Six hundred and sixty-five elderly subjects (70.0 ± 5.7 years old, 160.2 ± 8.1 cm, and 60.5 ± 10.2 kg), including 234 males (70.7 ± 5.5 years old, 167.3 ± 6.5 cm, and 67.2 ± 10.0 kg), 431 females (69.6 ± 5.8 years old, 156.3 ± 6.1 cm, and 56.9 ± 8.2 kg) were recruited in the second phase of this study to examine the cross-mode similarity between the Kinect based fitness evaluation model and the physical examination approach. The second phase of this study fulfilled the sample size requirement, as a minimum of 567 participants was determined based on a power test of 95% and a significance level of 0.05. The elderly volunteers participated in this cross-sectional study at the National Taiwan University Hospital and Changhua Christian Hospital in Taiwan as well as the National Research Center for Rehabilitation Technical Aids in China from 2020 to 2022. The inclusion criteria were as follows: (1) age 55 or over, (2) participant can easily operate with both hands (3) participants can walk independently for at least 10 m using or not using assistive devices. The exclusion criteria were the same as the recruitment criteria for healthy volunteers in the first phase.

Signed informed consents were acquired from all subjects in both experimental phases prior to their enrolment in this clinical protocol, which was approved by the university ethics committee (Chang Gung Memorial Hospital, Approval number: 201900410B0A3), and all subjects provided informed consent. Adequate explanations about the experimental test procedure were given to all subjects prior to performing the experiments.

Experimental test procedure

The Kinect sensor (Microsoft Xbox One Kinect V2, Microsoft Corporation, Redmond, WA, USA) equipped with customized software was used to capture and calculate the movement of joint centers when performing the functional evaluation. The signal obtained by Kinect V2 was collected using a Mini PC (Intel Core i5-8259U @ 2.30 GHz, 16 GB of RAM, and Intel Iris Plus Graphics 655). Customized software (LongGood MediTech Ltd. Taipei, Taiwan) was employed to calculate data related to various functional actions. Furthermore, the user interface of the customized software system was displayed on the screen. To obtain the ideal data, the recommendations for using the Kinect sensor were carefully considered (i.e., using tight clothes, no shiny black fabric or reflexes, no moving hair, and no sunlight).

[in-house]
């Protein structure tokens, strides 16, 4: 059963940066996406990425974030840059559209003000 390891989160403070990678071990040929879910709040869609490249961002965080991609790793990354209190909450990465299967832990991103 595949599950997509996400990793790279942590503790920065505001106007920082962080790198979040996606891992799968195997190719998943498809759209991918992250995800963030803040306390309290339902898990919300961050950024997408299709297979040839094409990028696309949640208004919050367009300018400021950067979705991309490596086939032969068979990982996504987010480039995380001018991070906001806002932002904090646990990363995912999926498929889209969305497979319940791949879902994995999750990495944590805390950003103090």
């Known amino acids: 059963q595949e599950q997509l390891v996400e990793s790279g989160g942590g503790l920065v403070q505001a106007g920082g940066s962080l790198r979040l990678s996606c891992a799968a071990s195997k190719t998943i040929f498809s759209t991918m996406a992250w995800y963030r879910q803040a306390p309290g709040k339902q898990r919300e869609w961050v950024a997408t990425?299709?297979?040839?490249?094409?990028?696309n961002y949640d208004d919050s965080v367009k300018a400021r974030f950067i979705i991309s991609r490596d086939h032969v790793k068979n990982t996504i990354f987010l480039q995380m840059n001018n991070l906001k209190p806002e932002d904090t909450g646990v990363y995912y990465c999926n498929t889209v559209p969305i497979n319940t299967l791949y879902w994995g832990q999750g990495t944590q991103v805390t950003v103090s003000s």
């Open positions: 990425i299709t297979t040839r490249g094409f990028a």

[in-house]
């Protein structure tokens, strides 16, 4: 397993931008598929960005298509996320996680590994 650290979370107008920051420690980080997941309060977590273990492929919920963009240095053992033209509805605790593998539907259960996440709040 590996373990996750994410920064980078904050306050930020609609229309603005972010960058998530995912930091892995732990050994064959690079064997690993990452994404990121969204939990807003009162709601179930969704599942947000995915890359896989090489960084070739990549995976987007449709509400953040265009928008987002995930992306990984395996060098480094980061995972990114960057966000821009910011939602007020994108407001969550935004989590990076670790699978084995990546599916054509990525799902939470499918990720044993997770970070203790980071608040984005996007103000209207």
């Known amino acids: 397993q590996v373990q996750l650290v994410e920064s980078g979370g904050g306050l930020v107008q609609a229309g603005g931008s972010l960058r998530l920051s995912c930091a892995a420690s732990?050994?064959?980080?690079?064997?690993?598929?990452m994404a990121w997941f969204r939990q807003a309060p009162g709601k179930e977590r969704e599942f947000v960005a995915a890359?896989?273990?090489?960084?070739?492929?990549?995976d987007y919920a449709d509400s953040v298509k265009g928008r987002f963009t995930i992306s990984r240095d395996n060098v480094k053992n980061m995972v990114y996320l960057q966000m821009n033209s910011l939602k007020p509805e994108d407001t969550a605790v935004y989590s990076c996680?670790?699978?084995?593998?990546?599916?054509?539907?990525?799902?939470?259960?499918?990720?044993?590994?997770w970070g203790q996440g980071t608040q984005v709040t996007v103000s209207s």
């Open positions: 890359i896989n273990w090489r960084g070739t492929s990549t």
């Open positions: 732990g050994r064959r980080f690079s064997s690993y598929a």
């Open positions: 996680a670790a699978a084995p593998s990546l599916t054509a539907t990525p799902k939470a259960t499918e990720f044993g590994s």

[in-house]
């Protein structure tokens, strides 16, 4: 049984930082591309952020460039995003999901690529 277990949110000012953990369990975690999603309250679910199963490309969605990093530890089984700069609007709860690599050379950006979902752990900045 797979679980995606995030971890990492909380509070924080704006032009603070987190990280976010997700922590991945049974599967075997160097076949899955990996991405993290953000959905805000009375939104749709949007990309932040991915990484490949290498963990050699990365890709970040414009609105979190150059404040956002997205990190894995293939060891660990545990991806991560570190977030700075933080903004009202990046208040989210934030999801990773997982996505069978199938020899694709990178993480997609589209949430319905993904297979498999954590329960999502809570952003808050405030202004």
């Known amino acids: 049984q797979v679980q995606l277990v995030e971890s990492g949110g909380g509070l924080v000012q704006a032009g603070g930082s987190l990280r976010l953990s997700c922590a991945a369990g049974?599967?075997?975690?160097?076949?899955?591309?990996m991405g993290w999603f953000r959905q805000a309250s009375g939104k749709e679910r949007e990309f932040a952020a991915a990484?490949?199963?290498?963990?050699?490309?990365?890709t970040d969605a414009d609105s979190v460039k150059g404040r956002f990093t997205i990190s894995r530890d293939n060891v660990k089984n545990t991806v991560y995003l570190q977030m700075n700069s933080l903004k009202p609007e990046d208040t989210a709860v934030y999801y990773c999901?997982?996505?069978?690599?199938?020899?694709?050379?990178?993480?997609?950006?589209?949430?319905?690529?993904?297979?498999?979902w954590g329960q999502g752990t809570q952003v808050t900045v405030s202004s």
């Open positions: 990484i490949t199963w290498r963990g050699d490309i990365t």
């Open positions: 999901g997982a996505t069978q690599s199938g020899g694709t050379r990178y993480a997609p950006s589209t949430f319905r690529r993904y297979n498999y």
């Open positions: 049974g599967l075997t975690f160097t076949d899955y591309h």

Subjects performed the following seven functional assessment tests, simultaneously monitored by a professional physical therapist and the Kinect system, including: (1) one-leg stance (OLS); (2) functional reach (FR); (3) sit-to-stand (STS); (4) timed-up to go (TUG); (5) arm curl (AC); and (6) two-minute step test (TMST). These physical tests were selected to evaluate the ability to keep balance, the muscular strength of the upper and lower body, agility, and aerobic endurance, respectively [34,35,36]. In addition, gait analysis was performed to assess the subjects’ mobility based on their walking speed. The details of experimental test procedures are described in Table 1. To avoid fatigue of the extremities, the sequence of the tests was performed from test No. 1 to 6 and two-minute rests among the tests were considered. All subjects could easily follow the guidance from the screen to perform the aforementioned experimental procedure.

Table 1 Movement protocol from the movement tasks

Prior to starting the tests, the screen showed audio guidance to participants with animations and subtitles to explain how to perform the experimental procedure step by step. A five-second countdown was predicted to get the participants ready to perform the requested functions. When the countdown ends, Kinect V2 begins to capture the movement of joint centers and the actual images displayed on the screen for better visual feedback at the same time. At the end of each test, the screen shows the test results and the system can output a final report. In the meantime, an expert examiner manually evaluated the functional tests and measured the gait speed using a chronograph. Figure 1 shows the schematic procedure of the developed system.

Fig. 1
figure 1

General overview of the architecture of the developed system

Experimental test evaluations and data analysis

These movements were captured relative to the Kinect V2 camera located directly in front of the subjects. Three-dimensional motion parameters were acquired from the data of 25 joint points identified by the skeleton tracking system at 30 Hz and the movement of joint centers was calculated using the customized software (LongGood MediTech Ltd. Taipei, Taiwan) [40]. In the first phase, reliability and validity analyses of the developed fitness evaluation model were evaluated for young subjects. Each experimental test was repeated two times on the same day to assess the “within-day reliability” and participants attended two separate testing sessions approximately seven days apart to evaluate the “between-day reliability”. In addition, the comparisons of the fitness evaluation using the Kinect-based system and the traditional physical examination system were evaluated using criterion-related validity.